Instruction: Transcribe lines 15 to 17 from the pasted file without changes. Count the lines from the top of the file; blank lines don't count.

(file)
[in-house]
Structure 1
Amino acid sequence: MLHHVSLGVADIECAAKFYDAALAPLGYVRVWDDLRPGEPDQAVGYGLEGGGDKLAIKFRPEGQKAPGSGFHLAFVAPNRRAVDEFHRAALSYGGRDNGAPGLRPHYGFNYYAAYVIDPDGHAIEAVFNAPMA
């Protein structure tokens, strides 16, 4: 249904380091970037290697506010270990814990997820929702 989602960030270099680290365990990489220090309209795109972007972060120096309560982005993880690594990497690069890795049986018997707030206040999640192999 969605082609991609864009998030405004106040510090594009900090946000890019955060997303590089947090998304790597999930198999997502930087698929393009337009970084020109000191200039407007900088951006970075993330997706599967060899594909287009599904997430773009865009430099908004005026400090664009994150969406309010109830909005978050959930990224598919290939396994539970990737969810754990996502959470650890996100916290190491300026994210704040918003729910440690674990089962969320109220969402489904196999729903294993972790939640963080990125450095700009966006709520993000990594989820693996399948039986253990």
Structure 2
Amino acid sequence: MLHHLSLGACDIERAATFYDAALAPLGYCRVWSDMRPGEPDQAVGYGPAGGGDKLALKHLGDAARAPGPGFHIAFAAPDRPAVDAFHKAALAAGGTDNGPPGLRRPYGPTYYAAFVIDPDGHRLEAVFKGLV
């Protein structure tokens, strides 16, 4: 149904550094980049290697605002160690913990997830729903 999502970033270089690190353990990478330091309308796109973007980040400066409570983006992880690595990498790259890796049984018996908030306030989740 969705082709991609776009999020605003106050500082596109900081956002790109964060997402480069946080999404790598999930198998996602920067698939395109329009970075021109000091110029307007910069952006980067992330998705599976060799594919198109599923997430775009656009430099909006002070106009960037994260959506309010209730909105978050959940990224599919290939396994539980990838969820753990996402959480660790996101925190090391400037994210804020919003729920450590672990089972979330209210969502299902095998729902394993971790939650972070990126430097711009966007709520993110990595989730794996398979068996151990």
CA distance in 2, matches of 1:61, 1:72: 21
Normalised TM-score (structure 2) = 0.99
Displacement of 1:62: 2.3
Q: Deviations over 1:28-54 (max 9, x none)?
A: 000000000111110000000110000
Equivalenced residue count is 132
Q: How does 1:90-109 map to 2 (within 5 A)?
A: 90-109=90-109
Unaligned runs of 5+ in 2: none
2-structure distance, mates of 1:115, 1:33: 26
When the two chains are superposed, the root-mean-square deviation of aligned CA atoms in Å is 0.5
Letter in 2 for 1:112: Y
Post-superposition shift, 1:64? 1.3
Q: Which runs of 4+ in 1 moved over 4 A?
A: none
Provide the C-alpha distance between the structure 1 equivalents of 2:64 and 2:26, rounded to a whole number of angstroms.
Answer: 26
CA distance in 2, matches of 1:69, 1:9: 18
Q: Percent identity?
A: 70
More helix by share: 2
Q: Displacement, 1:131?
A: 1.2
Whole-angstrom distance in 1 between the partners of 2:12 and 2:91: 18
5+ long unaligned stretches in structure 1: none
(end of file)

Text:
A: 90-109=90-109
Unaligned runs of 5+ in 2: none
2-structure distance, mates of 1:115, 1:33: 26